Qtern is not expected to affect you being able to drive a car or use any tools or machines. If you feel dizzy while taking this medicine, do not drive or use any tools or machines. Taking this medicine together with another medicine that lowers your blood sugar, such as a sulphonylurea, can cause too low blood sugar levels (hypoglycaemia). This may cause symptoms such as shaking, sweating and change in vision, and may affect your ability to drive and use machines.
Qtern contains lactose
Qtern contains lactose (milk sugar). If you have been told by your doctor that you have an intolerance to some sugars, contact your doctor before taking this medicine.
Qtern contains sodium
Qtern contains less than 1 mmol sodium (23 mg) per dose, that is to say essentially ‘sodium-free’.
3. How to take Qtern
Always take this medicine exactly as your doctor has told you. Check with your doctor, pharmacist or nurse if you are not sure.
How much to take
- The recommended dose is one tablet a day.
Taking this medicine
- Swallow the tablet whole with half a glass of water.
- You can take your tablet with or without food.
- You can take the tablet at any time of the day. However, try to take it at the same time each day. This will help you to remember to take it.
Your doctor may prescribe other medicines to lower the amount of sugar in your blood.
Remember to take other medicine(s) as your doctor has told you. This will help get the best results for your health.
Diet and exercise
To control your diabetes, you still need to keep to diet and exercise, even when you are taking this medicine. So it is important to keep following the advice about diet and exercise from your doctor, pharmacist or nurse. In particular, if you are following a diabetic weight control diet, continue to follow it while you are taking Qtern.
If you take more Qtern than you should
If you take more Qtern tablets than you should, talk to a doctor or go to a hospital straight away.
Take the medicine pack with you.
If you forget to take Qtern
What to do if you forget to take a tablet.
- If it is less than 12 hours since you should have taken your dose, take a dose of Qtern as soon as you remember. Then take your next dose at the usual time.
- If it is more than 12 hours since you should have taken your dose, skip the missed dose.
Then take your next dose at the usual time.
- Do not take a double dose of Qtern to make up for a forgotten dose.
If you stop taking Qtern
Do not stop taking Qtern without talking to your doctor first. Your blood sugar may increase without this medicine.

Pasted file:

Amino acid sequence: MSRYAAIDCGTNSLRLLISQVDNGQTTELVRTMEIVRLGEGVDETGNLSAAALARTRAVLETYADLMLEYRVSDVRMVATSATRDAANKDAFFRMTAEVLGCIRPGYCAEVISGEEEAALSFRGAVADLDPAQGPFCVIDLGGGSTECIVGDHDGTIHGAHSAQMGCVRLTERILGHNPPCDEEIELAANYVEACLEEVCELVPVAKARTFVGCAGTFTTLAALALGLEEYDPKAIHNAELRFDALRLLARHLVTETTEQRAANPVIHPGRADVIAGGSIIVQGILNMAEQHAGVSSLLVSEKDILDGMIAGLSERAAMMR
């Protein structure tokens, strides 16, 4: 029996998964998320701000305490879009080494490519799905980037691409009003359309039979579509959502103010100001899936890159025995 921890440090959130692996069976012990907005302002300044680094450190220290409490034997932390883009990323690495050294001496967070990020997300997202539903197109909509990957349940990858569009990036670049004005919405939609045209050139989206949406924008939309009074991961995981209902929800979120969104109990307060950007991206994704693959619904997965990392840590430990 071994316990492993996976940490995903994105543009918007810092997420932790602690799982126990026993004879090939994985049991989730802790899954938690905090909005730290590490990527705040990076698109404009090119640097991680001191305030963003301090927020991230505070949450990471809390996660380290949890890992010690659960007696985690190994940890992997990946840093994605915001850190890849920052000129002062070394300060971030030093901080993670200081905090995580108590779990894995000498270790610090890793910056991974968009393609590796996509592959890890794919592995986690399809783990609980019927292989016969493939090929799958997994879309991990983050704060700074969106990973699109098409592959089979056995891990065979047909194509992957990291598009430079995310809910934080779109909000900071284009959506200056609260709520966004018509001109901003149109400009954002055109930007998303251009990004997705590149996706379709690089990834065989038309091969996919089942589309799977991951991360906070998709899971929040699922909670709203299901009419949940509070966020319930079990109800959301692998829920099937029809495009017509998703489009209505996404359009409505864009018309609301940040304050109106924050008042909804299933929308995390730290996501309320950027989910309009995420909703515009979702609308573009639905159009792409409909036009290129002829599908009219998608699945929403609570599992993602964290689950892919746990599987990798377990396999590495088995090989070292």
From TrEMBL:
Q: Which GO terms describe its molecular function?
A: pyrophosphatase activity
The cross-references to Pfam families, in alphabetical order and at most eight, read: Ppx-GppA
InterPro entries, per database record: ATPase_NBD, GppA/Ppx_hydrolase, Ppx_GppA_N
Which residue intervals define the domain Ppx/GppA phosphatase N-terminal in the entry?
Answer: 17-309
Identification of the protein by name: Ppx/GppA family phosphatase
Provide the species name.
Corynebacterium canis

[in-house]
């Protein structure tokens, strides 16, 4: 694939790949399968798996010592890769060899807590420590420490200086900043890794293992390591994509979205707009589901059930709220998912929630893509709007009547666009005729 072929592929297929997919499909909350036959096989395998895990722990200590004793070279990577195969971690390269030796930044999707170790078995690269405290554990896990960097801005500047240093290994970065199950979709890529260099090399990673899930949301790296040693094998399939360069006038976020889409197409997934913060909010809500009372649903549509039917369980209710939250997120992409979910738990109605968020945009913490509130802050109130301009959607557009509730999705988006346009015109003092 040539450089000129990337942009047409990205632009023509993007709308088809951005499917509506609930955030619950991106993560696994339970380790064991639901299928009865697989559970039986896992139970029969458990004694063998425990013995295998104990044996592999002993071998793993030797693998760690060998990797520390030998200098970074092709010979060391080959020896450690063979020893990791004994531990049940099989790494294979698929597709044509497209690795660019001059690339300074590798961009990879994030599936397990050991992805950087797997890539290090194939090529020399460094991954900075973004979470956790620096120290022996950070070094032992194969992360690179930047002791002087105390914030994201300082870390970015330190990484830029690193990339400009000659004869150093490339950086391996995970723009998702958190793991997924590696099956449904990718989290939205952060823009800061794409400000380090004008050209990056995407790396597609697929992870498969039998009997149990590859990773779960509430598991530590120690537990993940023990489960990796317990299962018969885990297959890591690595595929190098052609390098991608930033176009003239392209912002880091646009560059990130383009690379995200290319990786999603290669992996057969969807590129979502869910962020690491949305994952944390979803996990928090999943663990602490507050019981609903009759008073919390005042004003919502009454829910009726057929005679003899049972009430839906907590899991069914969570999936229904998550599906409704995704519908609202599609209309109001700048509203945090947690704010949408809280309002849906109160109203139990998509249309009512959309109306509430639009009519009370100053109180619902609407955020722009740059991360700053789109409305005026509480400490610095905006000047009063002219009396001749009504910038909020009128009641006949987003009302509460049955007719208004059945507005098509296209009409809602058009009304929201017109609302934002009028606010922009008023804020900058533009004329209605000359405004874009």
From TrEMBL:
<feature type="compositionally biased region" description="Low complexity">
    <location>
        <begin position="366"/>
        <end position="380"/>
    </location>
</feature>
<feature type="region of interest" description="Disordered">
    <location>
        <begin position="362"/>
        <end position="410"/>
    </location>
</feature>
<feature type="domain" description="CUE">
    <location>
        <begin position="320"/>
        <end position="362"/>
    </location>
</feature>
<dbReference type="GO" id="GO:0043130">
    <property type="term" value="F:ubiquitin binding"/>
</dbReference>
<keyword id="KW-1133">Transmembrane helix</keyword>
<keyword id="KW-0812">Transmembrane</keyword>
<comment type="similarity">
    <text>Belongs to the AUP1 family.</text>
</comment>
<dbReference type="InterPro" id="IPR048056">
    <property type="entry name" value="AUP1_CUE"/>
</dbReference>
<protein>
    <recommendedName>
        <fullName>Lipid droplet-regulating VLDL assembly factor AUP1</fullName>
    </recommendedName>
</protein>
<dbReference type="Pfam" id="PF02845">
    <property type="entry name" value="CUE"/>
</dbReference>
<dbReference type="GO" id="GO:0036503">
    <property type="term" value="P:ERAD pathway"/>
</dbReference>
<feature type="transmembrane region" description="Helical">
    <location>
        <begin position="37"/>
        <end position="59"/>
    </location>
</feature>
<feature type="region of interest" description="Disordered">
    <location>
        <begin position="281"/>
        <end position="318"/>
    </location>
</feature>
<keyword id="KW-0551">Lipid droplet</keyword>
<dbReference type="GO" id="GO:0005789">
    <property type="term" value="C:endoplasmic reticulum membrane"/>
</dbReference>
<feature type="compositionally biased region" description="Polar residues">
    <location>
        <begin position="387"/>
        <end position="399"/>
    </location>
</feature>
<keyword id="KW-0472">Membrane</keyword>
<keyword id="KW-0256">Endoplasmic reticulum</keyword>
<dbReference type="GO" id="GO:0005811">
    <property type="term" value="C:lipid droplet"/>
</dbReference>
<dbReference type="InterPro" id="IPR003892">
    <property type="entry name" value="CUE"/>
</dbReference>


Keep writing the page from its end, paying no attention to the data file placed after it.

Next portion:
If you have any further questions on the use of this medicine, ask your doctor, pharmacist or nurse.
4. Possible side effects
Like all medicines, this medicine can cause side effects, although not everybody gets them.
Stop taking Qtern and see a doctor straight away if you notice any of the following serious side effects:
- Symptoms of a serious allergic reaction (anaphylactic reaction, angioedema) seen rarely, (may affect up to 1 in 1 000 people), which may include:
- raised red patches on your skin (hives),
- swelling of the face, lips, tongue, and throat that may cause difficulty in breathing or swallowing.
Your doctor may prescribe a medicine to treat your allergic reaction and a different medicine for your diabetes.
- Pancreatitis, seen uncommonly (may affect up to 1 in 100 people): severe and persistent pain in the abdomen (stomach area) which might reach through to your back, as well as nausea and vomiting, as it could be a sign of an inflamed pancreas.
Dehydration, (loss of too much fluid from your body), seen uncommonly.
These are signs of dehydration:
- very dry or sticky mouth, feeling very thirsty,
- feeling very sleepy or tired,
- passing little or no water (urine),
- fast heart beat.
- Urinary tract infection, seen commonly (may affect up to 1 in 10 people).
These are signs of a severe infection of the urinary tract:
- fever and/or chills,
- burning sensation when passing water (urinating),
- pain in your back or side.
Although uncommon, if you see blood in your urine, tell your doctor immediately.
- Low blood sugar levels (hypoglycaemia), seen very commonly (may affect more than 1 in 10 people) if used with other diabetes medicines known to cause hypoglycaemia.
These are the signs of low blood sugar:
- shaking, sweating, feeling very anxious, fast heart beat,
- feeling hungry, headache, change in vision,
- a change in your mood or feeling confused.
Your doctor will tell you how to treat low blood sugar levels and what to do if you get any of the signs above.
- Diabetic ketoacidosis, seen rarely.
These are the signs of diabetic ketoacidosis (see also section 2 Warnings and precautions):
- increased levels of “ketone bodies” in your urine or blood,
- rapid weight loss,
- feeling sick or being sick,
- stomach pain,
- excessive thirst,
- fast and deep breathing,
- unusual sleepiness or tiredness,